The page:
I’m sure they were having a celebration when they saw the back of the Weight Watchers rep leaving the premises while clutching the scales.
Just over three years on from her arrival at Cosy Cottage, Florence crossed over the Rainbow Bridge following a period of ill health.
Florence’s life and death left a bigger impact on me than I thought possible with a hen. It was Florence who really showed me how complex and lovable chickens really were. And what an impact such tiny creatures can have on their human guardians.
She made me smile and worry and feel protective.
She made me laugh, like the time she was brooding and stubbornly insisted on sitting on a plant pot after I closed the coop door.
She taught me to be more patient and caring during her illness.
And to be less screamish about mealworms!
Flo first arrived with her two sisters Jemima and Dottie in 2017, they were slightly older than her by a couple of weeks. The difference in Florence and her siblings was apparent straight away. While Jemima was quiet and reserved and Dottie was chatty, they were both confident in themselves and about humans. No, they did not want to be picked up, thank you very much, but this was only because it was their personal preference. They were not scared of humans on arrival. Merely tolerated them.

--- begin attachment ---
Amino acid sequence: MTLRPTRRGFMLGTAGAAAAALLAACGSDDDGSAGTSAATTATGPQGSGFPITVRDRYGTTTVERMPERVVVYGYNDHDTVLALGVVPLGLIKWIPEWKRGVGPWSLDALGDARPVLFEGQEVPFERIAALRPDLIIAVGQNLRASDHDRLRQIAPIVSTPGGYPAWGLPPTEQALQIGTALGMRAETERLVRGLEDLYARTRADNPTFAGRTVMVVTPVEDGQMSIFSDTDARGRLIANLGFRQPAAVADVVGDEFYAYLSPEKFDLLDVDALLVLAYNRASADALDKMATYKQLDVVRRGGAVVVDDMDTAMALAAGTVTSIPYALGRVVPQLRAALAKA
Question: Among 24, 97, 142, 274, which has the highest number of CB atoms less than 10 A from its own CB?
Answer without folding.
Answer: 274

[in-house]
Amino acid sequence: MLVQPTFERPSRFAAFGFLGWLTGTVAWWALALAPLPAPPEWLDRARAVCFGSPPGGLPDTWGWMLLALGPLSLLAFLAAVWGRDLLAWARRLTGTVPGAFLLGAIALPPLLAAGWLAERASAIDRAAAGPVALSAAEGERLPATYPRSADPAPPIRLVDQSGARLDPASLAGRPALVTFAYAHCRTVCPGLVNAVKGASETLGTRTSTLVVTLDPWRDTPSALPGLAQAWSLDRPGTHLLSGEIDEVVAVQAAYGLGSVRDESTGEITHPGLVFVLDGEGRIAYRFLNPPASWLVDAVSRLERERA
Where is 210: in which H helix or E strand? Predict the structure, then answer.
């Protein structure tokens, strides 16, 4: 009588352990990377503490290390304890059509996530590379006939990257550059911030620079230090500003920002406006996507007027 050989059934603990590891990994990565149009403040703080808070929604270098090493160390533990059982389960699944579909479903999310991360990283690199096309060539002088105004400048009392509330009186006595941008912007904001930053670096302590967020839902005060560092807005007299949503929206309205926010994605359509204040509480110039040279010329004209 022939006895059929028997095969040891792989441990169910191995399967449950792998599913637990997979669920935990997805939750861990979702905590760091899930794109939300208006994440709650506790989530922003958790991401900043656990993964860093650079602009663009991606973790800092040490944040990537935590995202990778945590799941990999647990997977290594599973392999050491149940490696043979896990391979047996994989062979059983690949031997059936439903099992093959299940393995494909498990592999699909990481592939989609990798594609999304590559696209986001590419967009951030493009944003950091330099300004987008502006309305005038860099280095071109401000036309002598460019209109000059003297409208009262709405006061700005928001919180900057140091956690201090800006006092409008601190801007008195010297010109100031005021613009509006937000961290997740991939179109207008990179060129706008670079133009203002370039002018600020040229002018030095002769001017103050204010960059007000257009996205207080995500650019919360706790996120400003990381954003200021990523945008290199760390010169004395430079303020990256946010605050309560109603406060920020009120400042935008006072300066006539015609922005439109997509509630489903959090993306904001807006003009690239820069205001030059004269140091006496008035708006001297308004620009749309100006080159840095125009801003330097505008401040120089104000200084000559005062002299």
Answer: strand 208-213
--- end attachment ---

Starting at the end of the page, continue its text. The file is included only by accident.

Florence, on the other hand, was terrified. When she saw a human, she flapped her wings and made a big fuss.
“Murder! I’m being murdered!”
It’s hard to believe now but this state of fear was really the case for the first few weeks of Flo’s life here.
She was a real little scaredy chicken.
Was the sky going to fall in? It was, it was!!!
Oh dear, poor Flo.
Dottie would then helpfully peck her on the top of her head to put her back in her place.
Florence changed from a frightened Cinders into a confident and charismatic Cinderella.
She became popular with all. When my godchildren came to visit, she proved a big hit with Noah, five at the time. As she was the only hen laying, she was the most amenable for being picked up. Which she was. A lot. But Flo’s patience shone through.
Dad admitted she was his favourite and Mum described her as the “best hen”.